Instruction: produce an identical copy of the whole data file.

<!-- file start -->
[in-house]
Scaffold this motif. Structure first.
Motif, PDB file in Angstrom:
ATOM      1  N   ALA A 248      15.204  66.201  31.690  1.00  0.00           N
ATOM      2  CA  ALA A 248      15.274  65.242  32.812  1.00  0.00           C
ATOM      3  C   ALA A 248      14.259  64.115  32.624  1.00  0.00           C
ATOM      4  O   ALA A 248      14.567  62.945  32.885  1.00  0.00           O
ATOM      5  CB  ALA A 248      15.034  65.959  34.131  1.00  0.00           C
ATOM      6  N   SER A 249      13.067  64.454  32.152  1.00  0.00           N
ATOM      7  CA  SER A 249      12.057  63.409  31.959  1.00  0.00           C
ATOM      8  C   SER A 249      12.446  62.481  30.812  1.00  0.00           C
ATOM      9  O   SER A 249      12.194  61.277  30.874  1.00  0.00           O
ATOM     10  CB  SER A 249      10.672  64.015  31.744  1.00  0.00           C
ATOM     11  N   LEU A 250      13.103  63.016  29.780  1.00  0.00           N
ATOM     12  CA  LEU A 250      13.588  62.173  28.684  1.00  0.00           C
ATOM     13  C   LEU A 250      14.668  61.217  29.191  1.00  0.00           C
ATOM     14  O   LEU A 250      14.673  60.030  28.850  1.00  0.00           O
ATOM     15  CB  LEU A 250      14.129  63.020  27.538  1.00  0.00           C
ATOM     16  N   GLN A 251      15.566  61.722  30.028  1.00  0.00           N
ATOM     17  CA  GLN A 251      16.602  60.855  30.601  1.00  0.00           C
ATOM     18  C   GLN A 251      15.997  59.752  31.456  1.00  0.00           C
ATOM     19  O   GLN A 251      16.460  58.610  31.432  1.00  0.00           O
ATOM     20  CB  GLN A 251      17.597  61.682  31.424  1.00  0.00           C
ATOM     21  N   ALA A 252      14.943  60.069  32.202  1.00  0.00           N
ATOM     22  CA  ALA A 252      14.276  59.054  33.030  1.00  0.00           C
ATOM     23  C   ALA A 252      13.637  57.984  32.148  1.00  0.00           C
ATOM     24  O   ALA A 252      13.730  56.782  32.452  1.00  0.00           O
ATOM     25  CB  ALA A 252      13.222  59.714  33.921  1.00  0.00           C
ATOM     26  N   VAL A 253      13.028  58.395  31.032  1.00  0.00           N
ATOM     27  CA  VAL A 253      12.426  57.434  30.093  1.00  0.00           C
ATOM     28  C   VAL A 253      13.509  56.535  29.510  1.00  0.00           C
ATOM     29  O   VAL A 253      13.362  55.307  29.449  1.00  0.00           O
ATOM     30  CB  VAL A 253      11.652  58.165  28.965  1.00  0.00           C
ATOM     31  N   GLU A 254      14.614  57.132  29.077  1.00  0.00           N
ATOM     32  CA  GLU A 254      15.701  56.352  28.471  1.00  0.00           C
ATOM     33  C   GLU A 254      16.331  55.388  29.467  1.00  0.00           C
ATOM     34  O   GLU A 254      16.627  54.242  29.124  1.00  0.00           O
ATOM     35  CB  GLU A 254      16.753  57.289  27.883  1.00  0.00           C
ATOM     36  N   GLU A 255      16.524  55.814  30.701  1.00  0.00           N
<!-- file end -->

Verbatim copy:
[in-house]
Scaffold this motif. Structure first.
Motif, PDB file in Angstrom:
ATOM      1  N   ALA A 248      15.204  66.201  31.690  1.00  0.00           N
ATOM      2  CA  ALA A 248      15.274  65.242  32.812  1.00  0.00           C
ATOM      3  C   ALA A 248      14.259  64.115  32.624  1.00  0.00           C
ATOM      4  O   ALA A 248      14.567  62.945  32.885  1.00  0.00           O
ATOM      5  CB  ALA A 248      15.034  65.959  34.131  1.00  0.00           C
ATOM      6  N   SER A 249      13.067  64.454  32.152  1.00  0.00           N
ATOM      7  CA  SER A 249      12.057  63.409  31.959  1.00  0.00           C
ATOM      8  C   SER A 249      12.446  62.481  30.812  1.00  0.00           C
ATOM      9  O   SER A 249      12.194  61.277  30.874  1.00  0.00           O
ATOM     10  CB  SER A 249      10.672  64.015  31.744  1.00  0.00           C
ATOM     11  N   LEU A 250      13.103  63.016  29.780  1.00  0.00           N
ATOM     12  CA  LEU A 250      13.588  62.173  28.684  1.00  0.00           C
ATOM     13  C   LEU A 250      14.668  61.217  29.191  1.00  0.00           C
ATOM     14  O   LEU A 250      14.673  60.030  28.850  1.00  0.00           O
ATOM     15  CB  LEU A 250      14.129  63.020  27.538  1.00  0.00           C
ATOM     16  N   GLN A 251      15.566  61.722  30.028  1.00  0.00           N
ATOM     17  CA  GLN A 251      16.602  60.855  30.601  1.00  0.00           C
ATOM     18  C   GLN A 251      15.997  59.752  31.456  1.00  0.00           C
ATOM     19  O   GLN A 251      16.460  58.610  31.432  1.00  0.00           O
ATOM     20  CB  GLN A 251      17.597  61.682  31.424  1.00  0.00           C
ATOM     21  N   ALA A 252      14.943  60.069  32.202  1.00  0.00           N
ATOM     22  CA  ALA A 252      14.276  59.054  33.030  1.00  0.00           C
ATOM     23  C   ALA A 252      13.637  57.984  32.148  1.00  0.00           C
ATOM     24  O   ALA A 252      13.730  56.782  32.452  1.00  0.00           O
ATOM     25  CB  ALA A 252      13.222  59.714  33.921  1.00  0.00           C
ATOM     26  N   VAL A 253      13.028  58.395  31.032  1.00  0.00           N
ATOM     27  CA  VAL A 253      12.426  57.434  30.093  1.00  0.00           C
ATOM     28  C   VAL A 253      13.509  56.535  29.510  1.00  0.00           C
ATOM     29  O   VAL A 253      13.362  55.307  29.449  1.00  0.00           O
ATOM     30  CB  VAL A 253      11.652  58.165  28.965  1.00  0.00           C
ATOM     31  N   GLU A 254      14.614  57.132  29.077  1.00  0.00           N
ATOM     32  CA  GLU A 254      15.701  56.352  28.471  1.00  0.00           C
ATOM     33  C   GLU A 254      16.331  55.388  29.467  1.00  0.00           C
ATOM     34  O   GLU A 254      16.627  54.242  29.124  1.00  0.00           O
ATOM     35  CB  GLU A 254      16.753  57.289  27.883  1.00  0.00           C
ATOM     36  N   GLU A 255      16.524  55.814  30.701  1.00  0.00           N